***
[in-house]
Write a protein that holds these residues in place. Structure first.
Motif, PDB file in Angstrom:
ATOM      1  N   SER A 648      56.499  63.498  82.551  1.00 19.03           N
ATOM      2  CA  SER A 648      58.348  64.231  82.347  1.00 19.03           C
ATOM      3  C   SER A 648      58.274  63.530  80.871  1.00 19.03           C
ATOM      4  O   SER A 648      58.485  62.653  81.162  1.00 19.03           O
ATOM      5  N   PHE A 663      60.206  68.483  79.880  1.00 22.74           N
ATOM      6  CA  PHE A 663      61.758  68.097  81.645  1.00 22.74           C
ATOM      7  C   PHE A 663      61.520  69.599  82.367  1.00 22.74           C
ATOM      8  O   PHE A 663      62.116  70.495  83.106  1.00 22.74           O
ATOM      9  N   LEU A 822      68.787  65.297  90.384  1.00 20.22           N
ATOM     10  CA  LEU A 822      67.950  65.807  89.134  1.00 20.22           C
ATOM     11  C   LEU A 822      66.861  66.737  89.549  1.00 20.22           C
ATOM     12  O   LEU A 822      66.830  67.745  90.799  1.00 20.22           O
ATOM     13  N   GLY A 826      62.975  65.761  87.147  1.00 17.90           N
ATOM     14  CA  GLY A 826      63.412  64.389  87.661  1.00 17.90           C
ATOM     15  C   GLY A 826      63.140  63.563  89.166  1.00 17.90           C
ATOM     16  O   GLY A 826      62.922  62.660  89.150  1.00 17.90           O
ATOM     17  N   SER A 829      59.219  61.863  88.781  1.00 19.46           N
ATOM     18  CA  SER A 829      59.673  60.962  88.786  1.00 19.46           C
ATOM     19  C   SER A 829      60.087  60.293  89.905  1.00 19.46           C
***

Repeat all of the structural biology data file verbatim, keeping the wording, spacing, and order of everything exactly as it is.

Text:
[in-house]
Write a protein that holds these residues in place. Structure first.
Motif, PDB file in Angstrom:
ATOM      1  N   SER A 648      56.499  63.498  82.551  1.00 19.03           N
ATOM      2  CA  SER A 648      58.348  64.231  82.347  1.00 19.03           C
ATOM      3  C   SER A 648      58.274  63.530  80.871  1.00 19.03           C
ATOM      4  O   SER A 648      58.485  62.653  81.162  1.00 19.03           O
ATOM      5  N   PHE A 663      60.206  68.483  79.880  1.00 22.74           N
ATOM      6  CA  PHE A 663      61.758  68.097  81.645  1.00 22.74           C
ATOM      7  C   PHE A 663      61.520  69.599  82.367  1.00 22.74           C
ATOM      8  O   PHE A 663      62.116  70.495  83.106  1.00 22.74           O
ATOM      9  N   LEU A 822      68.787  65.297  90.384  1.00 20.22           N
ATOM     10  CA  LEU A 822      67.950  65.807  89.134  1.00 20.22           C
ATOM     11  C   LEU A 822      66.861  66.737  89.549  1.00 20.22           C
ATOM     12  O   LEU A 822      66.830  67.745  90.799  1.00 20.22           O
ATOM     13  N   GLY A 826      62.975  65.761  87.147  1.00 17.90           N
ATOM     14  CA  GLY A 826      63.412  64.389  87.661  1.00 17.90           C
ATOM     15  C   GLY A 826      63.140  63.563  89.166  1.00 17.90           C
ATOM     16  O   GLY A 826      62.922  62.660  89.150  1.00 17.90           O
ATOM     17  N   SER A 829      59.219  61.863  88.781  1.00 19.46           N
ATOM     18  CA  SER A 829      59.673  60.962  88.786  1.00 19.46           C
ATOM     19  C   SER A 829      60.087  60.293  89.905  1.00 19.46           C